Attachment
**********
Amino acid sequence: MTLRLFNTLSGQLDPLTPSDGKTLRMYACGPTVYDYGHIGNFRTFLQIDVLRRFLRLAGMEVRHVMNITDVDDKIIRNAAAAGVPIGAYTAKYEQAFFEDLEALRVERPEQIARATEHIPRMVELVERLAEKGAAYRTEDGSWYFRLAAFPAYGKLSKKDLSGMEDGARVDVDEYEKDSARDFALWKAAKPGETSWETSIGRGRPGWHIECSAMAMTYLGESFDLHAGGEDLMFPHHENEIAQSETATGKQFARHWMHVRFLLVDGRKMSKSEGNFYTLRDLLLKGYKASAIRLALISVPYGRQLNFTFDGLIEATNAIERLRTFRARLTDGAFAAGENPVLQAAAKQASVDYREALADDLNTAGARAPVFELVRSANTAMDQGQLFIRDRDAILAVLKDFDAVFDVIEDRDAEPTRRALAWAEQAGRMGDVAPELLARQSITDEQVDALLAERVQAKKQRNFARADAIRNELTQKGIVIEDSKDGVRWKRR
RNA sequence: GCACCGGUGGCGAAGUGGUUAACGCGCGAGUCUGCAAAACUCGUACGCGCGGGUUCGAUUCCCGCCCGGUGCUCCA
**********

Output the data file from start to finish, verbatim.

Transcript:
Amino acid sequence: MTLRLFNTLSGQLDPLTPSDGKTLRMYACGPTVYDYGHIGNFRTFLQIDVLRRFLRLAGMEVRHVMNITDVDDKIIRNAAAAGVPIGAYTAKYEQAFFEDLEALRVERPEQIARATEHIPRMVELVERLAEKGAAYRTEDGSWYFRLAAFPAYGKLSKKDLSGMEDGARVDVDEYEKDSARDFALWKAAKPGETSWETSIGRGRPGWHIECSAMAMTYLGESFDLHAGGEDLMFPHHENEIAQSETATGKQFARHWMHVRFLLVDGRKMSKSEGNFYTLRDLLLKGYKASAIRLALISVPYGRQLNFTFDGLIEATNAIERLRTFRARLTDGAFAAGENPVLQAAAKQASVDYREALADDLNTAGARAPVFELVRSANTAMDQGQLFIRDRDAILAVLKDFDAVFDVIEDRDAEPTRRALAWAEQAGRMGDVAPELLARQSITDEQVDALLAERVQAKKQRNFARADAIRNELTQKGIVIEDSKDGVRWKRR
RNA sequence: GCACCGGUGGCGAAGUGGUUAACGCGCGAGUCUGCAAAACUCGUACGCGCGGGUUCGAUUCCCGCCCGGUGCUCCA